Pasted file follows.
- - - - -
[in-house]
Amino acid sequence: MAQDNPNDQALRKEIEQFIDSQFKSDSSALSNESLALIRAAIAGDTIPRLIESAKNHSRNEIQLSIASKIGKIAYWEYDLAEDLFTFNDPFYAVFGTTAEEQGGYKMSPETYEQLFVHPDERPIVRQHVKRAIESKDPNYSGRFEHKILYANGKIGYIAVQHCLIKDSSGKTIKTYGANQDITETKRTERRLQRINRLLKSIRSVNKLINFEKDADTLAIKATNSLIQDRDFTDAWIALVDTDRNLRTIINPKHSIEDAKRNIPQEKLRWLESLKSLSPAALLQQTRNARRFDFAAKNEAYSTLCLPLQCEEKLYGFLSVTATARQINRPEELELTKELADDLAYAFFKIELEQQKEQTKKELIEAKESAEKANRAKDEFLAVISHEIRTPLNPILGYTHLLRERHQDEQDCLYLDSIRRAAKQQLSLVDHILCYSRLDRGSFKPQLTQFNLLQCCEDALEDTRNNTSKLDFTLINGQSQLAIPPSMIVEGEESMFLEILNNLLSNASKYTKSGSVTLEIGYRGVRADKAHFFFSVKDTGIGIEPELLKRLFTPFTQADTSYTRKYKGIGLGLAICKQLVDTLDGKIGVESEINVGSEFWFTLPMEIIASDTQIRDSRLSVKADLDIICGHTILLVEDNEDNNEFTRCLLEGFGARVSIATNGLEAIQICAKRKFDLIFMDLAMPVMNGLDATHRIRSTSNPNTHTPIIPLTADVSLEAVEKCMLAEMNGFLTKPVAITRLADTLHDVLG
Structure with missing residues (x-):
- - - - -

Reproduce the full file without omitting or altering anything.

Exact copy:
[in-house]
Amino acid sequence: MAQDNPNDQALRKEIEQFIDSQFKSDSSALSNESLALIRAAIAGDTIPRLIESAKNHSRNEIQLSIASKIGKIAYWEYDLAEDLFTFNDPFYAVFGTTAEEQGGYKMSPETYEQLFVHPDERPIVRQHVKRAIESKDPNYSGRFEHKILYANGKIGYIAVQHCLIKDSSGKTIKTYGANQDITETKRTERRLQRINRLLKSIRSVNKLINFEKDADTLAIKATNSLIQDRDFTDAWIALVDTDRNLRTIINPKHSIEDAKRNIPQEKLRWLESLKSLSPAALLQQTRNARRFDFAAKNEAYSTLCLPLQCEEKLYGFLSVTATARQINRPEELELTKELADDLAYAFFKIELEQQKEQTKKELIEAKESAEKANRAKDEFLAVISHEIRTPLNPILGYTHLLRERHQDEQDCLYLDSIRRAAKQQLSLVDHILCYSRLDRGSFKPQLTQFNLLQCCEDALEDTRNNTSKLDFTLINGQSQLAIPPSMIVEGEESMFLEILNNLLSNASKYTKSGSVTLEIGYRGVRADKAHFFFSVKDTGIGIEPELLKRLFTPFTQADTSYTRKYKGIGLGLAICKQLVDTLDGKIGVESEINVGSEFWFTLPMEIIASDTQIRDSRLSVKADLDIICGHTILLVEDNEDNNEFTRCLLEGFGARVSIATNGLEAIQICAKRKFDLIFMDLAMPVMNGLDATHRIRSTSNPNTHTPIIPLTADVSLEAVEKCMLAEMNGFLTKPVAITRLADTLHDVLG
Structure with missing residues (x-):